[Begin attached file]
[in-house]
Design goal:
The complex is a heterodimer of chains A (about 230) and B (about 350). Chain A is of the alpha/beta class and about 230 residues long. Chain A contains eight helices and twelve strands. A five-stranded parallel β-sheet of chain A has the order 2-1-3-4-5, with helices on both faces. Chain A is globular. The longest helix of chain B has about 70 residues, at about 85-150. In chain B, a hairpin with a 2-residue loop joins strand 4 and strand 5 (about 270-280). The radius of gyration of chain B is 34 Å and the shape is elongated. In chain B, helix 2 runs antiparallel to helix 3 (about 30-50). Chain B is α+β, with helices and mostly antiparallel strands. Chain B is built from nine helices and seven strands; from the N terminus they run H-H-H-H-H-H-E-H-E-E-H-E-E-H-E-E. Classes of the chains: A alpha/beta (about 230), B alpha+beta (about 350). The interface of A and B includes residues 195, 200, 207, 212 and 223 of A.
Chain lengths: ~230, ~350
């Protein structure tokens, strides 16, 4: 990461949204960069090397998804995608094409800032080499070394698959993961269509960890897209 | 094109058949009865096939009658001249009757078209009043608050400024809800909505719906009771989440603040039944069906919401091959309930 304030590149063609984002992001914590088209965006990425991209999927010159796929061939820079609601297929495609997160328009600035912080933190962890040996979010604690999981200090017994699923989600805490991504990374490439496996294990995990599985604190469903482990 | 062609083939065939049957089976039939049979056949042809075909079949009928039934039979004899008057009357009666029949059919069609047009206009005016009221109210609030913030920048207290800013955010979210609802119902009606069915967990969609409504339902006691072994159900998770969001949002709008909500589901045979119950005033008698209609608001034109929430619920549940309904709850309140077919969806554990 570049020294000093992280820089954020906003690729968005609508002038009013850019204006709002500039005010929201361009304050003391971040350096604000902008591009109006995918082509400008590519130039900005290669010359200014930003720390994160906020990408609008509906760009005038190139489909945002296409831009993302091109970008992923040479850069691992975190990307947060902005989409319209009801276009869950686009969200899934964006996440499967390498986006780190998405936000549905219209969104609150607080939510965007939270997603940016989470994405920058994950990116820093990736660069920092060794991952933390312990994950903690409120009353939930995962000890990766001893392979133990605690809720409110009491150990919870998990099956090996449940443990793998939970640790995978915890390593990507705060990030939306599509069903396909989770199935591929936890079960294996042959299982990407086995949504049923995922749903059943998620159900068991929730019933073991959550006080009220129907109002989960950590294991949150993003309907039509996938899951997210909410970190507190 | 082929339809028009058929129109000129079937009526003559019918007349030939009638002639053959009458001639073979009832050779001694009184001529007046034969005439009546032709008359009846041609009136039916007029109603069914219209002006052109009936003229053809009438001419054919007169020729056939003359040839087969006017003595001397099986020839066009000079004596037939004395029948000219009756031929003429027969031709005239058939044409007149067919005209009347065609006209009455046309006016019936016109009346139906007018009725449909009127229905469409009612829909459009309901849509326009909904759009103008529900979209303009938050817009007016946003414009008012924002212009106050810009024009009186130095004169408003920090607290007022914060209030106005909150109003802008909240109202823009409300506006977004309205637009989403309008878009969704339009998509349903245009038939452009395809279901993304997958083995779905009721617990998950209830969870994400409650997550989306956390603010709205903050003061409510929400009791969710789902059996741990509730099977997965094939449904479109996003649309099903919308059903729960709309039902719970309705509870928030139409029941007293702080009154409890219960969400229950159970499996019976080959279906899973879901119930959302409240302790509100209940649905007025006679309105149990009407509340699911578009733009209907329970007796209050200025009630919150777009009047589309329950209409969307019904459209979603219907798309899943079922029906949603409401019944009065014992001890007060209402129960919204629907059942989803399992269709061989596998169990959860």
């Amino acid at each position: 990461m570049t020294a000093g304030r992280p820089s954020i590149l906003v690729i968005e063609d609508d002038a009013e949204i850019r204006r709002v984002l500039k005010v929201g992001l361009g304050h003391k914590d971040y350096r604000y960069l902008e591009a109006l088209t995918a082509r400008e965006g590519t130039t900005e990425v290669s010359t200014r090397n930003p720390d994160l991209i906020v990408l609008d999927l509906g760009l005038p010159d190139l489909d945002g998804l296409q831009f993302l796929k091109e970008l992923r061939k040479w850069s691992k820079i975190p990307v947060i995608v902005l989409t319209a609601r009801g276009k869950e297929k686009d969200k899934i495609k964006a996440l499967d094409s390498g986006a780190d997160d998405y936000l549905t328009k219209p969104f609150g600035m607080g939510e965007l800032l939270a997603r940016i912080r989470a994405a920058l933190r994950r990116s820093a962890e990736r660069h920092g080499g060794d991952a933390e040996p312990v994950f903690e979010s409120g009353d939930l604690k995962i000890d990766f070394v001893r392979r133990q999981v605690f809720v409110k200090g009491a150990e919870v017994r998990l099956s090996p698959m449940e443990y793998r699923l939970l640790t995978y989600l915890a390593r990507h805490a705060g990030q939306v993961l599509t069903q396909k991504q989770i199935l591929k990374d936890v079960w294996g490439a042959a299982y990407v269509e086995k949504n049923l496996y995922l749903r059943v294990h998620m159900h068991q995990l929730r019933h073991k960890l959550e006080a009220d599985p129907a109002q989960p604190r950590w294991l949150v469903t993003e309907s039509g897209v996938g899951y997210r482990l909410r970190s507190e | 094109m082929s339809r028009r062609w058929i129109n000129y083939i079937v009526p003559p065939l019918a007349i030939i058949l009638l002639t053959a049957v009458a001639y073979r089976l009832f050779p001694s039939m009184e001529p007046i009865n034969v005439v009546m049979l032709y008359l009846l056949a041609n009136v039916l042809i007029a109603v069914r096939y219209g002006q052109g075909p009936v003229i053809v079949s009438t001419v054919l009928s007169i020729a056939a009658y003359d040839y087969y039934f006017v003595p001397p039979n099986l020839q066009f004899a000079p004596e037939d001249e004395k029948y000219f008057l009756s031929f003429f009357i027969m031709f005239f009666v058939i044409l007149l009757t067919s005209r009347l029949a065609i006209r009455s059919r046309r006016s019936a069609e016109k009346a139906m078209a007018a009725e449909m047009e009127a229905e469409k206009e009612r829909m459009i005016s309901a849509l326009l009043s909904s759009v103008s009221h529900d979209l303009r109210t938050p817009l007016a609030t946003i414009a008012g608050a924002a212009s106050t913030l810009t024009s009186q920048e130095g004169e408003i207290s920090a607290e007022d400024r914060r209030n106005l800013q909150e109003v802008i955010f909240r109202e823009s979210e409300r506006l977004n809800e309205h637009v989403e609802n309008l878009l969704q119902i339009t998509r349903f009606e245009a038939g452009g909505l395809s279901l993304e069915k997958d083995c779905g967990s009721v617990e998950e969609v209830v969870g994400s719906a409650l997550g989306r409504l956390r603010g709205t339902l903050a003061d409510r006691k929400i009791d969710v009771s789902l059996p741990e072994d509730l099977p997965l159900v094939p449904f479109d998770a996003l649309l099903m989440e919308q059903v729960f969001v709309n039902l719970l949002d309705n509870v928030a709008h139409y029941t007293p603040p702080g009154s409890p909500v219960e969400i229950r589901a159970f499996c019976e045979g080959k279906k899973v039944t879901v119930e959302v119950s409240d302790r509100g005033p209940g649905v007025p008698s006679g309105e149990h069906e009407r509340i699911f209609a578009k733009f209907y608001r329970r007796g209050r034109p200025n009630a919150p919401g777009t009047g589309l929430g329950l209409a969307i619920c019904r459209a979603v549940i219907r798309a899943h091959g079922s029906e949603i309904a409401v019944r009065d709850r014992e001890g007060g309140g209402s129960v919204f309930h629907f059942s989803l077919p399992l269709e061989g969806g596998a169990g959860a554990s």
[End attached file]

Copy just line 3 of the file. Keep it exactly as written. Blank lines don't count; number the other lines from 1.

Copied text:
The complex is a heterodimer of chains A (about 230) and B (about 350). Chain A is of the alpha/beta class and about 230 residues long. Chain A contains eight helices and twelve strands. A five-stranded parallel β-sheet of chain A has the order 2-1-3-4-5, with helices on both faces. Chain A is globular. The longest helix of chain B has about 70 residues, at about 85-150. In chain B, a hairpin with a 2-residue loop joins strand 4 and strand 5 (about 270-280). The radius of gyration of chain B is 34 Å and the shape is elongated. In chain B, helix 2 runs antiparallel to helix 3 (about 30-50). Chain B is α+β, with helices and mostly antiparallel strands. Chain B is built from nine helices and seven strands; from the N terminus they run H-H-H-H-H-H-E-H-E-E-H-E-E-H-E-E. Classes of the chains: A alpha/beta (about 230), B alpha+beta (about 350). The interface of A and B includes residues 195, 200, 207, 212 and 223 of A.